I had a question regarding the instructions for the QAYG method that I used. Those instructions were not in the Country Cousins book. When I started doing the hand applique I searched for more books and bought a couple off Amazon. A Baltimore Album - 25 Applique Patterns by Marsha D. Radtke had the short tutorial in the back of that book. It really is very easy to do a quilt-as-you-go method. I am really enjoying this whole project.
I would like to know more about the Quilt As You Go method for hand appliqué quilting.
Bible Quilts, www.biblequilts.com
I sat down and tried to put together a summary of how I did mine. I am doing a copy and paste here.. if something doesn't look right, please ask.
Quilt As You Go
My hand appliquéd blocks were squared up to 16 ½” – they
were to finish at 16”. The batting I
used was Warm and Natural and I cut the batting squares 16 ¾” to give me just a
little “wiggle” room. The backing I used
has a busy design to semi-hide the quilting on the back side. The backing was
cut at 18” square. The backing is ¾” wider than the block all the way around. I put the backing face down then centered the
batting on the backing, then the appliquéd square on top centered.
Next step is very important… starting at the center hand
baste out to the edge in all directions – left, right, up, down and all
diagonals. Then baste all around the
perimeter ¼” in from the edge. When you
are hand quilting it is important that the block layers do not shift.
I used painter’s tape to keep my quilting lines
straight. Painter’s tape does not leave
residue like masking tape. I wanted my
lines ½” apart so I cut the 1” tape in half.
As a rule I did not quilt on top of the appliqué pieces. I either slipped the needle under narrow
sections, or I ended and restarted on the other side. At the edges I did not stitch through to the
backing on the last ½”.
For the joining of the blocks I cut my sashing to 1”
wide. The length of the sashing strips was
cut to the exact length of the block… 16 ½”.
I layed the block on my cutting mat with the backing folded out of the
way and trimmed any batting to the edge
of the block. I then pin the sashing
strip to the edge, making sure that the batting does not get caught in the ¼”
seam. Stitch the ¼” seam then trim the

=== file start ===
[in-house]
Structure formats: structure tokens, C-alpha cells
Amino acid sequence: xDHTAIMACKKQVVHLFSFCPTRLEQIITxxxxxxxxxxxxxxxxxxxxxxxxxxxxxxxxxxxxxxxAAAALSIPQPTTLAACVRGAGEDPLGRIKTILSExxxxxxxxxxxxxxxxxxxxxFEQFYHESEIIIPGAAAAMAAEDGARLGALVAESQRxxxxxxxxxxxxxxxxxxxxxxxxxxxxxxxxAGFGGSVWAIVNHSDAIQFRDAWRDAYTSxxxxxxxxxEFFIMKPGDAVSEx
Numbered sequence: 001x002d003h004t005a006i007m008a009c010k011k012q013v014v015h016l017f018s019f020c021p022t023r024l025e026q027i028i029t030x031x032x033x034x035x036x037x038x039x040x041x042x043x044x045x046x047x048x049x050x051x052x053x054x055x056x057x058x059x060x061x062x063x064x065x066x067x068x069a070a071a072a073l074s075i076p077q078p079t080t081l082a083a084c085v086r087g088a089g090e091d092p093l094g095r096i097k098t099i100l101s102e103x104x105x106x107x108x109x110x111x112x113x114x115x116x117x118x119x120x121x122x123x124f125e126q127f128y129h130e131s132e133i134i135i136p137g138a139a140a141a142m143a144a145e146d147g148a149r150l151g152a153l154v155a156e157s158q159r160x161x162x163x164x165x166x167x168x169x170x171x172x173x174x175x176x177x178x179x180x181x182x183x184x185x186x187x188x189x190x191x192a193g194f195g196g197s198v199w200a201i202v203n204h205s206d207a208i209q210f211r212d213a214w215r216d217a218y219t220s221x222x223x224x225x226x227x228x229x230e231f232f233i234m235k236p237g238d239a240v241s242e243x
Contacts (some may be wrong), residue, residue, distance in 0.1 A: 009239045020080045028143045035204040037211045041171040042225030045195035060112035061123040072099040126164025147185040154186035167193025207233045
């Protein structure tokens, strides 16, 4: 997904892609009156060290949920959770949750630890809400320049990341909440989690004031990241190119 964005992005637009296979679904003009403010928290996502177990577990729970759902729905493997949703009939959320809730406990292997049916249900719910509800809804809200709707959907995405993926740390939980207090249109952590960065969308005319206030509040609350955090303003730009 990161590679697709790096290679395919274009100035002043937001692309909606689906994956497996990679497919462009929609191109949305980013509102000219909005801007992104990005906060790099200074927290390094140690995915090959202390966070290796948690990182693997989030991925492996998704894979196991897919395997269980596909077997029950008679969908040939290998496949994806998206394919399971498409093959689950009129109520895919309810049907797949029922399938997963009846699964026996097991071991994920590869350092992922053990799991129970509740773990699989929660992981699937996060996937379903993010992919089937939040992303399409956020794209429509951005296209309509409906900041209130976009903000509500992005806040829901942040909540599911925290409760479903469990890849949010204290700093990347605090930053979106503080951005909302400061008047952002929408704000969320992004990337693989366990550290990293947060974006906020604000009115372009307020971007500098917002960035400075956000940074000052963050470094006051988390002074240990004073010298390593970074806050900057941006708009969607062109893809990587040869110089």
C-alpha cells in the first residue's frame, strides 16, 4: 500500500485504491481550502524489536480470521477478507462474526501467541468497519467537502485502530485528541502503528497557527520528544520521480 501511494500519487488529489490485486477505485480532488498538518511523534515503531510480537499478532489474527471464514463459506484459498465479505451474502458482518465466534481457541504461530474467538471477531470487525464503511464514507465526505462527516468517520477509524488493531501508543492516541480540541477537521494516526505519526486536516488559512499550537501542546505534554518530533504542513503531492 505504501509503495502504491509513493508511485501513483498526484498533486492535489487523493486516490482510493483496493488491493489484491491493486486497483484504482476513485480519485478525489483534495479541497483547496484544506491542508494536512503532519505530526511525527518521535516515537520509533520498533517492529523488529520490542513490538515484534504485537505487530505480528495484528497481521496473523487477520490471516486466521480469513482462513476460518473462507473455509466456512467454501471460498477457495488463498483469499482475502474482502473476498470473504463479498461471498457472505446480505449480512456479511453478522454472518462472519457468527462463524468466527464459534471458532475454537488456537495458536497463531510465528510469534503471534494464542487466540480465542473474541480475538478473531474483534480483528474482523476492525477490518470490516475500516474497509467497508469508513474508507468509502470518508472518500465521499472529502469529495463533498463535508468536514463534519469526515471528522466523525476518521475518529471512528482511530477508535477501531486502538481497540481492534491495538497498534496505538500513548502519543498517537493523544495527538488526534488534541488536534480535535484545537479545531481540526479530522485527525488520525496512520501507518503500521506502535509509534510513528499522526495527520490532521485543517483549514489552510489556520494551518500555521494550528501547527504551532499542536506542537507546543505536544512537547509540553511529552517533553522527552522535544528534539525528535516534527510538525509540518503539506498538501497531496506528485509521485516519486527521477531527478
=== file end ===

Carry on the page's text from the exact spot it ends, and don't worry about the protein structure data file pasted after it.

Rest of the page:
backing even with the block edge. Then
press the sashing strip towards the outside on this first block. Now the batting on the second block (the edge
of the one to be joined) is trimmed if necessary, making sure to keep the
backing out of harms way. The backing is
NOT trimmed on this joined block. Now
the sashing from the first block is pinned to just the top and batting making
sure the backing is not caught in this seam.
The sashing is stitched using a ¼” seam just as the first side. If the sashing was stitched with an accurate
¼” seam on both sides, when you lay the two blocks face down, the batting
should butt up to each other. One side
of the backing has a ¾” flap that will be turned under and stitched down to the
Turn/press the edge of the flap under ¼”, then flip the edge
over to the other side pin it in place, then stitch it down. I used a very narrow zig-zag… I matched the
color on the back for my top thread and the off white of my backing for the
bobbin. I know I probably should have
hand stitched all this, but I thought the joining of the blocks would be much
sturdier done on my machine.
Thank you for writing that all out. I'm making a quilt with hexagon shaped pieces and don't have a long arm machine or the financial resources to pay someone to quilt it for me. I wonder if this approach would work with hexagon shaped pieces, at least for the center until I get to the wider strips for the squared off border.
I have tried to envision all the ways I could use this method. On my Country Cousins quilt I plan on doing a hand appliqued border as well, but I will do the hand quilting maybe in swirls or echoing of the applique. The only thing to worry about is keeping the edge free from the backing. I am sure you could use machine quilting as well.